Romance novels have often been dismissed by critics because of their nature as a popular genre and for being written and read largely by women. However, in the last decade a number of scholars have approached the study of the romance novel with critical rigor and avoiding the condescending treatment of previous analysis. Quite often in romance novels we encounter characters that have very different backgrounds: come from different countries and cultures, speak different languages, belong to very different social strata or are, in some other way, an “Other” to the rest of the characters and/or the intended readers.
Call for Contributors – Age and Gender: Ageing in the Nineteenth Century
Nineteenth Century Gender Studies Special Issue, Summer 2017
Guest Edited by Dr Alice Crossley, University of Lincoln firstname.lastname@example.org
'I think my personages could be reactivated if the times were right: I hope so' --Anita Brookner
17-18 March, 2017
Keynote speakers: Associate Professor Patricia Juliana Smith (Hofstra University) and Professor Peter McPhee (University of Melbourne)
The work of Anita Brookner occupies an ambiguous place in the literary field. Brookner has a cult status, was a Booker-Prize winner and best-selling novelist, and yet her work received what she herself deemed 'censorious' reviews and limited critical attention. Brookner's death was accompanied by conflicted accolades that appeared to celebrate her life while restating the predictable (and vexatious) reading of her identity as a lonely, single woman.
Locating James Hogg
James Hogg Society Biennial Conference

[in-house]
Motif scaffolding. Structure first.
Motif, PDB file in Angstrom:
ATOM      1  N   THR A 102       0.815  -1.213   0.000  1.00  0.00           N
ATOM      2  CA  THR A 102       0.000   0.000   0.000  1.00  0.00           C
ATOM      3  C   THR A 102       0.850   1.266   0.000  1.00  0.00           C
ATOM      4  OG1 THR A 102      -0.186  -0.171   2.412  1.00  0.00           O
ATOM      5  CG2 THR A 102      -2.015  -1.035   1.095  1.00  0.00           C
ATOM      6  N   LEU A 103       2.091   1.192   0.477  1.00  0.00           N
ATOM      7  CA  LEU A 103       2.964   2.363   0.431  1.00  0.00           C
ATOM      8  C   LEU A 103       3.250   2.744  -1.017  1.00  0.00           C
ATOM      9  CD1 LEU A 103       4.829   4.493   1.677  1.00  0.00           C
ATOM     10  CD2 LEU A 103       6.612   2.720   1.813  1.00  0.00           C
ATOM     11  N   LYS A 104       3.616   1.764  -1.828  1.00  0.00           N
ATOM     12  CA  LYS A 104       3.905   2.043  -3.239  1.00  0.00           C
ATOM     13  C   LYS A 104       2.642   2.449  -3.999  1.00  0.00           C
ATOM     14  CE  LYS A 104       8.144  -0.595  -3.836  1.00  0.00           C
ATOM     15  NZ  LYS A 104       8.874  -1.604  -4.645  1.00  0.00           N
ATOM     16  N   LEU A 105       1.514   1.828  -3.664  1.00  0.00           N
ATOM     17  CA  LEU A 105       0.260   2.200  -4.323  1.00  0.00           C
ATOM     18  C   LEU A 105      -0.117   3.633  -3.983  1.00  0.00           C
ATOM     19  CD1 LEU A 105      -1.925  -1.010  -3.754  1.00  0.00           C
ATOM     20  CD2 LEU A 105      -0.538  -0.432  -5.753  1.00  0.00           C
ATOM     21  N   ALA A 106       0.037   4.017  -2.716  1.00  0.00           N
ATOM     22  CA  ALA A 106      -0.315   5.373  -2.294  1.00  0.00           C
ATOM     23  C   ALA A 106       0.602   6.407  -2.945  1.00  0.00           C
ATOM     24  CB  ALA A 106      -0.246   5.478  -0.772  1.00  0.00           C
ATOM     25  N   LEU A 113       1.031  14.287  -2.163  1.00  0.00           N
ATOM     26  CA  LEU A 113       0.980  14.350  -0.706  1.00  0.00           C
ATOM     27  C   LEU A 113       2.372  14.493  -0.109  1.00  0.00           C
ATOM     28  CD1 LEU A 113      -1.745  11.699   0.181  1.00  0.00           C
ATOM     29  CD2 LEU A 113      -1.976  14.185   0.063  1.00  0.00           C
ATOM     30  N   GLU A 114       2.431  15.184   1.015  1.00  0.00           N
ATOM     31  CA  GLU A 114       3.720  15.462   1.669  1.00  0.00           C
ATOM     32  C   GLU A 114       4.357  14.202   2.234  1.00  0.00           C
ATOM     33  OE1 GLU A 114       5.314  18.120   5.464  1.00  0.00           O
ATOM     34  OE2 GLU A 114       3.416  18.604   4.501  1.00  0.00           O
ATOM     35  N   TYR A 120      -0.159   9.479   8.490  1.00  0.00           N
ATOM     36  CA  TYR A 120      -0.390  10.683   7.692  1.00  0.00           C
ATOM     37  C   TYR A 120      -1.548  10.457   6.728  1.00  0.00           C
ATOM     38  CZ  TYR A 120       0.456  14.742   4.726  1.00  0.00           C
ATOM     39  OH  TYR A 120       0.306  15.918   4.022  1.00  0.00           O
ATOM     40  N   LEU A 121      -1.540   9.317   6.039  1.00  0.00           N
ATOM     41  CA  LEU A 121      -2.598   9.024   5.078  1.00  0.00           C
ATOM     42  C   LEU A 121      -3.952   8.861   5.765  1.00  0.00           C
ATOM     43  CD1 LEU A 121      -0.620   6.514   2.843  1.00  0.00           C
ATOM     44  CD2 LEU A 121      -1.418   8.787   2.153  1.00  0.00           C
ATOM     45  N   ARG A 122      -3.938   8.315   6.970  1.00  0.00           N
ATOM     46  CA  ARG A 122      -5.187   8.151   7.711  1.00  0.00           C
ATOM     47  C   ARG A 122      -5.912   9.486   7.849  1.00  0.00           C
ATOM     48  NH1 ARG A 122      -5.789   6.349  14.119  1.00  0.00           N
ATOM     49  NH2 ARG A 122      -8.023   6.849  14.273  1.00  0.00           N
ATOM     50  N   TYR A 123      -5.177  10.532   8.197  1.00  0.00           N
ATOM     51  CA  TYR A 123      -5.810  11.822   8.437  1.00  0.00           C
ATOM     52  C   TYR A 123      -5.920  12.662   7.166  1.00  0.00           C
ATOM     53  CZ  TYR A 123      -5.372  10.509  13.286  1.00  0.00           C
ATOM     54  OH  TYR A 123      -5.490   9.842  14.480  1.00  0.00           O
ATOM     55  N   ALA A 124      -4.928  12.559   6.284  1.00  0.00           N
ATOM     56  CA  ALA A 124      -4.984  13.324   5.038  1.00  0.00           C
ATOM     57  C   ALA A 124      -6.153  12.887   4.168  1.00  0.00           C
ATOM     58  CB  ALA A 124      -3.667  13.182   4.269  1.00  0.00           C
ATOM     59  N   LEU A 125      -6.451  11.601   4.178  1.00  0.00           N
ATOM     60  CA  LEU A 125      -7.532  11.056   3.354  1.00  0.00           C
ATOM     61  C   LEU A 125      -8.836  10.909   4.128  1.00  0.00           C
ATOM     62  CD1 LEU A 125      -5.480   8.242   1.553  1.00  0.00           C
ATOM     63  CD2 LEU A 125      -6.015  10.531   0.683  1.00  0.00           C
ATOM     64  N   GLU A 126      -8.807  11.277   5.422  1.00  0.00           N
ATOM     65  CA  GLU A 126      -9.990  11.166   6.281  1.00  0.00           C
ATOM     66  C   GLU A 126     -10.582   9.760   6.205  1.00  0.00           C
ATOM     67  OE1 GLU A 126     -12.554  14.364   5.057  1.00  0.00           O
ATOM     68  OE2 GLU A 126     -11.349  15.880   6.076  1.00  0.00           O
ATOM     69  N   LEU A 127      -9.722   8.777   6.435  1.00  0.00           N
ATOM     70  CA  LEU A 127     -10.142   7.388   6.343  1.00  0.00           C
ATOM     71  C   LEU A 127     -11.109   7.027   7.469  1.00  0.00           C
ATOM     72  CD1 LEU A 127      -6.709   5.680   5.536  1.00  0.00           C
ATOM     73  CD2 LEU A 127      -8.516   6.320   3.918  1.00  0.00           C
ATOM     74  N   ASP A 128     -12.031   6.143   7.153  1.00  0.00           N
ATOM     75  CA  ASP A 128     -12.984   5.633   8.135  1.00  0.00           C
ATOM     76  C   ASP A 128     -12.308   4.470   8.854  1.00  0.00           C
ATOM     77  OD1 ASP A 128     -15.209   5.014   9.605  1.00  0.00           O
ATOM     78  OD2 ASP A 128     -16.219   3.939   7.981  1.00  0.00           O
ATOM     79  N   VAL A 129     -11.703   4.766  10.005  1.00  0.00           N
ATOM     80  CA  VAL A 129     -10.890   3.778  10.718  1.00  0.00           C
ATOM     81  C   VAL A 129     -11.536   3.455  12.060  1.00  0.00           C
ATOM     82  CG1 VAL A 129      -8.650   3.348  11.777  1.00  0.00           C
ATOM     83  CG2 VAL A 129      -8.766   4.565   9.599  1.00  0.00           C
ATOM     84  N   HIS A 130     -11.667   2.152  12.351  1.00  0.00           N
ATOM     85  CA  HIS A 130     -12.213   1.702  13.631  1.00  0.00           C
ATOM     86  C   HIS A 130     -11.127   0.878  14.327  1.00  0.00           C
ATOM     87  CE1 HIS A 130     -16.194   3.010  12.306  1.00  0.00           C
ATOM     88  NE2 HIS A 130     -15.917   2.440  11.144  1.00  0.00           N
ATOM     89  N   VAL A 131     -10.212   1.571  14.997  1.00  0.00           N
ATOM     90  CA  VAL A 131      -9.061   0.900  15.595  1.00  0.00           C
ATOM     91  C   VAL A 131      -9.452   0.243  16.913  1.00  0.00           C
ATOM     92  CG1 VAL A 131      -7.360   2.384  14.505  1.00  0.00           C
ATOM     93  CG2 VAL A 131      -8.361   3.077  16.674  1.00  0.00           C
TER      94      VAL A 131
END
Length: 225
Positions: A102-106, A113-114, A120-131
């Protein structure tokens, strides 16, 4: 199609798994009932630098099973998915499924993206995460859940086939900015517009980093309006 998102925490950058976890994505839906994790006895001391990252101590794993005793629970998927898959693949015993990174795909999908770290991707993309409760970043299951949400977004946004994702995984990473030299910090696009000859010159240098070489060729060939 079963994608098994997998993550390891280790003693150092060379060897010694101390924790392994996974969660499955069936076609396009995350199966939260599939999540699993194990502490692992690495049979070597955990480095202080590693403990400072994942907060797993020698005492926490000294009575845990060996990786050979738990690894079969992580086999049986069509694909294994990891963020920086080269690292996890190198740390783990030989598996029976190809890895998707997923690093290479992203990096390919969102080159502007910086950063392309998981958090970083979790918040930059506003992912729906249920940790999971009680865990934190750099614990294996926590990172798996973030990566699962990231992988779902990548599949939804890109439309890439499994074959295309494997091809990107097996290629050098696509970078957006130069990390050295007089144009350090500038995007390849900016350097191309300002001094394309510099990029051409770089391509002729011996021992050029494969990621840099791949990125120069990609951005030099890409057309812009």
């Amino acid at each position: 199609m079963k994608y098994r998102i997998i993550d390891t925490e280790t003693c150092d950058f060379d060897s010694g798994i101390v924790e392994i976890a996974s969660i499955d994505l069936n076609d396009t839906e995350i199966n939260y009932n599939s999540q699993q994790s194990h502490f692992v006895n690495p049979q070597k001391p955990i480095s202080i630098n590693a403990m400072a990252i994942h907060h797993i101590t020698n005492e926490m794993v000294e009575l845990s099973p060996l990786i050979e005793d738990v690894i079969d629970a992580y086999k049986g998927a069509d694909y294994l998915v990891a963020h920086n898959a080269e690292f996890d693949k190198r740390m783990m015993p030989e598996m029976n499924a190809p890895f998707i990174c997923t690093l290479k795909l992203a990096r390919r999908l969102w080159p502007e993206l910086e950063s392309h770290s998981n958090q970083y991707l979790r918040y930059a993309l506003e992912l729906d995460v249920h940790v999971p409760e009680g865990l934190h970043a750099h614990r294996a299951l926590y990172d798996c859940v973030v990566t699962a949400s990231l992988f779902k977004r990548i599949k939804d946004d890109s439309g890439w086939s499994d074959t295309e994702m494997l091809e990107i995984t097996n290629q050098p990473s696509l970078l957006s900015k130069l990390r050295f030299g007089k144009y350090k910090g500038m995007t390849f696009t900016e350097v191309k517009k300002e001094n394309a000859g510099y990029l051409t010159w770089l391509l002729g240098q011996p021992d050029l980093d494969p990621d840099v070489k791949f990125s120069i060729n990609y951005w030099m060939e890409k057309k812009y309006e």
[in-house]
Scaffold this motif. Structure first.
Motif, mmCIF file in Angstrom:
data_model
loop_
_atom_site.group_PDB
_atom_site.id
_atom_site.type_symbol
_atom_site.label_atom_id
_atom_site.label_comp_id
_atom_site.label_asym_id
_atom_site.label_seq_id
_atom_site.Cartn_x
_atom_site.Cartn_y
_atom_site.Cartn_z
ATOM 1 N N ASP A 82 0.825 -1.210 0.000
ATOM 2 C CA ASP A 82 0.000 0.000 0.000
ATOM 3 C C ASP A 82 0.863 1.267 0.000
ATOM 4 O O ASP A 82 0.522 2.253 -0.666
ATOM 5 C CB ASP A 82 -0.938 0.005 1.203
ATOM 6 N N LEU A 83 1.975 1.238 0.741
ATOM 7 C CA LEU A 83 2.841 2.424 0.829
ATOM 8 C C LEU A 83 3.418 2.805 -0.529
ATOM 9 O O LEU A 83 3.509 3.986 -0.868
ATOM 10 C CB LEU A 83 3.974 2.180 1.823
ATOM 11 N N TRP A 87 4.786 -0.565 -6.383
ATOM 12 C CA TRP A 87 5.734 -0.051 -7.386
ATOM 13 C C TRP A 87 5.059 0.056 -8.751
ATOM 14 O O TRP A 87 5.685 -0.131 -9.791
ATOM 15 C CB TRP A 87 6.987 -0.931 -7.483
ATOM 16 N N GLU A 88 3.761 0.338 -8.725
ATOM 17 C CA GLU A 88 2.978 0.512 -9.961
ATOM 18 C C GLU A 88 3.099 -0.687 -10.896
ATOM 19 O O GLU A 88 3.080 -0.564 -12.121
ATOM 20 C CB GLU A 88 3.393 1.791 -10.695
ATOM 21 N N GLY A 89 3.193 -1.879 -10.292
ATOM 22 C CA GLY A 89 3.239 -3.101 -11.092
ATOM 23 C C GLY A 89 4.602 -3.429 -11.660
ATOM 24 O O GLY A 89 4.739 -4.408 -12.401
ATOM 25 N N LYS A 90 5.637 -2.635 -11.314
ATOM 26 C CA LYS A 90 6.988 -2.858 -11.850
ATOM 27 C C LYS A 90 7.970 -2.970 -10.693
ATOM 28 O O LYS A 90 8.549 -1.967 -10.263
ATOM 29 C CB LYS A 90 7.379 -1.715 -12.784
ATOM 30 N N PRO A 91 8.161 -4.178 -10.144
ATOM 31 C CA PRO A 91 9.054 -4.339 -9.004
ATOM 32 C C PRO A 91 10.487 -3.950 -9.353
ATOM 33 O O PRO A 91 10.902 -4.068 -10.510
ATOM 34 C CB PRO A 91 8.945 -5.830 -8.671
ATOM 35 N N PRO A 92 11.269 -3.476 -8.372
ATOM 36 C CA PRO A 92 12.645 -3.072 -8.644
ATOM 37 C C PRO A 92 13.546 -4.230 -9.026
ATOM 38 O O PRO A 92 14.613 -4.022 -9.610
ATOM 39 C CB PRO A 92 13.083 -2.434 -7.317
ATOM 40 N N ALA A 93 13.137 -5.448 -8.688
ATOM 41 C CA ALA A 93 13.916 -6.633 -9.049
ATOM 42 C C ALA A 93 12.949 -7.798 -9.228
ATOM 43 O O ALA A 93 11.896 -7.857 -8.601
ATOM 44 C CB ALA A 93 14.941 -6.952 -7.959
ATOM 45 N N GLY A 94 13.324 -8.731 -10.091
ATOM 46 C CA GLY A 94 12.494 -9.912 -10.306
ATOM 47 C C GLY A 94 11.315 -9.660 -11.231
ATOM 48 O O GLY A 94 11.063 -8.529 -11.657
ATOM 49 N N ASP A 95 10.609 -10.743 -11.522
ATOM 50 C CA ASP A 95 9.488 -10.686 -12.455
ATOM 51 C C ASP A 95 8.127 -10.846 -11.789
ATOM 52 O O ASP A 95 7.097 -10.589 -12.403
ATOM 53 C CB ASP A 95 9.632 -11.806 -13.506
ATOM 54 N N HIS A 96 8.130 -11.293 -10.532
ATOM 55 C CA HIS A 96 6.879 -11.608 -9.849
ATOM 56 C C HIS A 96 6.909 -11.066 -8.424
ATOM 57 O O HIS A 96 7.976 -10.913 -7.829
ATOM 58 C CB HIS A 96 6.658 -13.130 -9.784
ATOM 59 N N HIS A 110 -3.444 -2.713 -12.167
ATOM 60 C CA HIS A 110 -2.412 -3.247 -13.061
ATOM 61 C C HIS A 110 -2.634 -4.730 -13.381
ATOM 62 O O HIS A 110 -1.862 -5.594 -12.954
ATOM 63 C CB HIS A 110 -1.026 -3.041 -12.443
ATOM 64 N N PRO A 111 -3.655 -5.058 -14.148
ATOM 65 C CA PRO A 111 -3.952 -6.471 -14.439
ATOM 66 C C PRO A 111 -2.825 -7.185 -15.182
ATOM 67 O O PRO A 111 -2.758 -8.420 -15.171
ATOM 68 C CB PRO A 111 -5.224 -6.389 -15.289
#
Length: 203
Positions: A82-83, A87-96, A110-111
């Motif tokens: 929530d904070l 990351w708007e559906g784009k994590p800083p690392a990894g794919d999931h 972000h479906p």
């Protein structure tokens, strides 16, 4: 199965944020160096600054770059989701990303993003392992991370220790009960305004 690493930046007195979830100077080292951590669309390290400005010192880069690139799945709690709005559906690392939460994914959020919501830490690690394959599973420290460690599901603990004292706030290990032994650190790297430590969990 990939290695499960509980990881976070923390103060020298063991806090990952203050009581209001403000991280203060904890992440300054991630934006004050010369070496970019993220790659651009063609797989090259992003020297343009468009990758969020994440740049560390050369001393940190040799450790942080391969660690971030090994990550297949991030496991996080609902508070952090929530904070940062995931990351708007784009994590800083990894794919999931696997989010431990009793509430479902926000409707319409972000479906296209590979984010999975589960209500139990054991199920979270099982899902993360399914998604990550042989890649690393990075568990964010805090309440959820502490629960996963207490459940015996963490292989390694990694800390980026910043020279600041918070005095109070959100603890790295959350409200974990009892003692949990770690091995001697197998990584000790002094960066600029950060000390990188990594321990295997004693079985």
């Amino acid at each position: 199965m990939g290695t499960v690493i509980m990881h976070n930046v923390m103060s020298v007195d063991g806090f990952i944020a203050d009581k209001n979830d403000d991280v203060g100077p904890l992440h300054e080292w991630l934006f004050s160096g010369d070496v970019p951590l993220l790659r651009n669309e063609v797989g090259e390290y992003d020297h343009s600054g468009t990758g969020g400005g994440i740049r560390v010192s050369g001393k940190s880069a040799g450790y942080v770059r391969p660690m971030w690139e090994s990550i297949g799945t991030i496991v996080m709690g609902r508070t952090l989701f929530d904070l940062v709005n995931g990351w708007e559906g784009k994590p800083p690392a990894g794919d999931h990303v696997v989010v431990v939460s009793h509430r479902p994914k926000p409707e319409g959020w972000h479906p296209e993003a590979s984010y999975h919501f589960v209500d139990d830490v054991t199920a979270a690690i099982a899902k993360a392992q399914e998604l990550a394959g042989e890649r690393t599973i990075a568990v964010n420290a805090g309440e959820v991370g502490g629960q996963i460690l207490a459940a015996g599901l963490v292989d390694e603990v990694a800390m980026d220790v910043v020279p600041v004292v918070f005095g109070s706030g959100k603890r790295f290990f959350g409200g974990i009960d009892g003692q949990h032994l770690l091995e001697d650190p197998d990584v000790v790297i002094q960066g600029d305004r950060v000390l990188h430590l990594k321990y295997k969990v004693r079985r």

19-21 July, 2017
University of Stirling,
Call for Papers
For its second international conference, the John Thelwall Society, in collaboration with the University of Derby, invites papers on Thelwall within interlinked regional networks of activism, sociability, dissent and reform in Britain 1780-1820.
DEADLINE EXTENDED TO FEB. 15
We invite submissions to:
Boston University Romance Studies Graduate Conference 2017: Literature on the Verge
April 7-8, 2017
Boston University Photonics Center, Boston, Mass.
Keynote address by Françoise Lionnet, Harvard University
CFP: MIDDLE FLIGHT (2319-7684) (Print)
A Peer Reviewed Journal of English Literature
Vol. 5 2016 Issue 1
The Wonderful Year 1816 – A bicentenary appraisal
“The value of centenaries and similar observances is that they call attention, not simply to great men, but to what we do with our great men. The anniversary punctuates, so to speak, the scholarly and critical absorption of its subject into society.”
The International Vampire Film and Arts Festival is proud to announce that this years’ Academic Conference will be jointly curated by three leading American universities with each day having an individual theme.
(EN)GENDERING THE VAMPIRE
CHILDREN OF THE NIGHT: The Vampire Across Popular Culture
VAMPIRE ON SCREEN Life, Death and Immortality
We hope to stimulate academic research and discussion around the theme of cognition, in relation to language (including language teaching), literature, translation and culture. In every aspect of our lives we make judgments and assessments and encounter judgments and assessments made by others, without necessarily examining closely the perspectives, methodologies or theoretical assumptions on which these judgments are based. What established procedures and canons of seeing and understanding govern the way we teach, the way we translate, or the direction of our research in any given area? Is there a need for these procedures or canons to be revised, modified or even abandoned altogether?